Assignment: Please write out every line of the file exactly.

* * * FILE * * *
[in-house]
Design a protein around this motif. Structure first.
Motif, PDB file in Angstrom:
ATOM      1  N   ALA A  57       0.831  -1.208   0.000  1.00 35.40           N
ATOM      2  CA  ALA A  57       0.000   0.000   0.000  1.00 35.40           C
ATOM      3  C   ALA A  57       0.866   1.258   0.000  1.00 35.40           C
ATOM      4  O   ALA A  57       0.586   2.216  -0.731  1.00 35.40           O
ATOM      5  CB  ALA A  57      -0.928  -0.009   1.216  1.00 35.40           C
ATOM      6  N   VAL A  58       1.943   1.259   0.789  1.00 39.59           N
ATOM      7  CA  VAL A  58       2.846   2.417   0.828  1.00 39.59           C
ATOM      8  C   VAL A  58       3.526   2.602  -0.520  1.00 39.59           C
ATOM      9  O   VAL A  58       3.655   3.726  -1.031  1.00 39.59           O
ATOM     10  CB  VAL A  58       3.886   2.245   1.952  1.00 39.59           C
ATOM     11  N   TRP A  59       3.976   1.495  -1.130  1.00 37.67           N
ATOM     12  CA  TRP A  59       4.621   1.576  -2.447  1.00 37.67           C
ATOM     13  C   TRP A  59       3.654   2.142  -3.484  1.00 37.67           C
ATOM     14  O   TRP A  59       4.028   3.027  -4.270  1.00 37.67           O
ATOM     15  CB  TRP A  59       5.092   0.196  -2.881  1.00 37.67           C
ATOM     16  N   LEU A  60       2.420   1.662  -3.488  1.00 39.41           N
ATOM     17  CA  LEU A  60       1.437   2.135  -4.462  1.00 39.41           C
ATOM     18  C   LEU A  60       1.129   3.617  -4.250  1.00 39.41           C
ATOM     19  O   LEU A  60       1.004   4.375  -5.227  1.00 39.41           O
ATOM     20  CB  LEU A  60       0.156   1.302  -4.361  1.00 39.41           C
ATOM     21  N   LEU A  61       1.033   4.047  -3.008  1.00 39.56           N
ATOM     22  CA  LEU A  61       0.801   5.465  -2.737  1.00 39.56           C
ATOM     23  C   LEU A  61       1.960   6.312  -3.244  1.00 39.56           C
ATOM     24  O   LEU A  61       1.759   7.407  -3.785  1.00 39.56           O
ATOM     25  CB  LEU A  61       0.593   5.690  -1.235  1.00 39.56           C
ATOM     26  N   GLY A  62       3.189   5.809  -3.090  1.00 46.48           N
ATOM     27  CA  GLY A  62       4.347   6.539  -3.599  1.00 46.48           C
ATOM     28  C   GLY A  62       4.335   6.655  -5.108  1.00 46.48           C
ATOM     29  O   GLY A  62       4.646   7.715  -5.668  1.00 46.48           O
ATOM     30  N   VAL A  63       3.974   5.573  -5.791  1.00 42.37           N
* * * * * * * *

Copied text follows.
[in-house]
Design a protein around this motif. Structure first.
Motif, PDB file in Angstrom:
ATOM      1  N   ALA A  57       0.831  -1.208   0.000  1.00 35.40           N
ATOM      2  CA  ALA A  57       0.000   0.000   0.000  1.00 35.40           C
ATOM      3  C   ALA A  57       0.866   1.258   0.000  1.00 35.40           C
ATOM      4  O   ALA A  57       0.586   2.216  -0.731  1.00 35.40           O
ATOM      5  CB  ALA A  57      -0.928  -0.009   1.216  1.00 35.40           C
ATOM      6  N   VAL A  58       1.943   1.259   0.789  1.00 39.59           N
ATOM      7  CA  VAL A  58       2.846   2.417   0.828  1.00 39.59           C
ATOM      8  C   VAL A  58       3.526   2.602  -0.520  1.00 39.59           C
ATOM      9  O   VAL A  58       3.655   3.726  -1.031  1.00 39.59           O
ATOM     10  CB  VAL A  58       3.886   2.245   1.952  1.00 39.59           C
ATOM     11  N   TRP A  59       3.976   1.495  -1.130  1.00 37.67           N
ATOM     12  CA  TRP A  59       4.621   1.576  -2.447  1.00 37.67           C
ATOM     13  C   TRP A  59       3.654   2.142  -3.484  1.00 37.67           C
ATOM     14  O   TRP A  59       4.028   3.027  -4.270  1.00 37.67           O
ATOM     15  CB  TRP A  59       5.092   0.196  -2.881  1.00 37.67           C
ATOM     16  N   LEU A  60       2.420   1.662  -3.488  1.00 39.41           N
ATOM     17  CA  LEU A  60       1.437   2.135  -4.462  1.00 39.41           C
ATOM     18  C   LEU A  60       1.129   3.617  -4.250  1.00 39.41           C
ATOM     19  O   LEU A  60       1.004   4.375  -5.227  1.00 39.41           O
ATOM     20  CB  LEU A  60       0.156   1.302  -4.361  1.00 39.41           C
ATOM     21  N   LEU A  61       1.033   4.047  -3.008  1.00 39.56           N
ATOM     22  CA  LEU A  61       0.801   5.465  -2.737  1.00 39.56           C
ATOM     23  C   LEU A  61       1.960   6.312  -3.244  1.00 39.56           C
ATOM     24  O   LEU A  61       1.759   7.407  -3.785  1.00 39.56           O
ATOM     25  CB  LEU A  61       0.593   5.690  -1.235  1.00 39.56           C
ATOM     26  N   GLY A  62       3.189   5.809  -3.090  1.00 46.48           N
ATOM     27  CA  GLY A  62       4.347   6.539  -3.599  1.00 46.48           C
ATOM     28  C   GLY A  62       4.335   6.655  -5.108  1.00 46.48           C
ATOM     29  O   GLY A  62       4.646   7.715  -5.668  1.00 46.48           O
ATOM     30  N   VAL A  63       3.974   5.573  -5.791  1.00 42.37           N